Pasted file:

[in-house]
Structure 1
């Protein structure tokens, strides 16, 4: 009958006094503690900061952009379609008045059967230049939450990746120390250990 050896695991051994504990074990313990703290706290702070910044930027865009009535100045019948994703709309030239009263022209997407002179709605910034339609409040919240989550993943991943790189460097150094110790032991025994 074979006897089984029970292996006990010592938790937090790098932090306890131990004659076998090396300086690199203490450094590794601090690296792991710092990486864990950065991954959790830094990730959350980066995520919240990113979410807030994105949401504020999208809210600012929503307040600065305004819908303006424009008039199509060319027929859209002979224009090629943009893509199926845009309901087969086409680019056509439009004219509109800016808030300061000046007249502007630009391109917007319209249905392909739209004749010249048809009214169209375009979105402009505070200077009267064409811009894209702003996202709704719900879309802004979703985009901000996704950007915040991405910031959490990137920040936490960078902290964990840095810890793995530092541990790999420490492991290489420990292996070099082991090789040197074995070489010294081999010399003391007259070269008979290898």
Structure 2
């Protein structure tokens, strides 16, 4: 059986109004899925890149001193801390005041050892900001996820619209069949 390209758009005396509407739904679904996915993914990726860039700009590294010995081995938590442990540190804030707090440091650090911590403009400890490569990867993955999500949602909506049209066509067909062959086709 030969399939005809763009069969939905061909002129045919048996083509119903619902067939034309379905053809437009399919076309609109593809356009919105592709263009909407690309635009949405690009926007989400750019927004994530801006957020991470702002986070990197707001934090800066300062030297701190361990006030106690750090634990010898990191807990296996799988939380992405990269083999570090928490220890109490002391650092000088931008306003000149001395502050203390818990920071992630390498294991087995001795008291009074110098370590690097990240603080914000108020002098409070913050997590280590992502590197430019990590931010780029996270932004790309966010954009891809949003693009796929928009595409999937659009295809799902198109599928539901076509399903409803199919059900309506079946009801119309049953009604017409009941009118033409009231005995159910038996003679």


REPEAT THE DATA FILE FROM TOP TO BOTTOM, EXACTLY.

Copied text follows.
[in-house]
Structure 1
């Protein structure tokens, strides 16, 4: 009958006094503690900061952009379609008045059967230049939450990746120390250990 050896695991051994504990074990313990703290706290702070910044930027865009009535100045019948994703709309030239009263022209997407002179709605910034339609409040919240989550993943991943790189460097150094110790032991025994 074979006897089984029970292996006990010592938790937090790098932090306890131990004659076998090396300086690199203490450094590794601090690296792991710092990486864990950065991954959790830094990730959350980066995520919240990113979410807030994105949401504020999208809210600012929503307040600065305004819908303006424009008039199509060319027929859209002979224009090629943009893509199926845009309901087969086409680019056509439009004219509109800016808030300061000046007249502007630009391109917007319209249905392909739209004749010249048809009214169209375009979105402009505070200077009267064409811009894209702003996202709704719900879309802004979703985009901000996704950007915040991405910031959490990137920040936490960078902290964990840095810890793995530092541990790999420490492991290489420990292996070099082991090789040197074995070489010294081999010399003391007259070269008979290898």
Structure 2
């Protein structure tokens, strides 16, 4: 059986109004899925890149001193801390005041050892900001996820619209069949 390209758009005396509407739904679904996915993914990726860039700009590294010995081995938590442990540190804030707090440091650090911590403009400890490569990867993955999500949602909506049209066509067909062959086709 030969399939005809763009069969939905061909002129045919048996083509119903619902067939034309379905053809437009399919076309609109593809356009919105592709263009909407690309635009949405690009926007989400750019927004994530801006957020991470702002986070990197707001934090800066300062030297701190361990006030106690750090634990010898990191807990296996799988939380992405990269083999570090928490220890109490002391650092000088931008306003000149001395502050203390818990920071992630390498294991087995001795008291009074110098370590690097990240603080914000108020002098409070913050997590280590992502590197430019990590931010780029996270932004790309966010954009891809949003693009796929928009595409999937659009295809799902198109599928539901076509399903409803199919059900309506079946009801119309049953009604017409009941009118033409009231005995159910038996003679």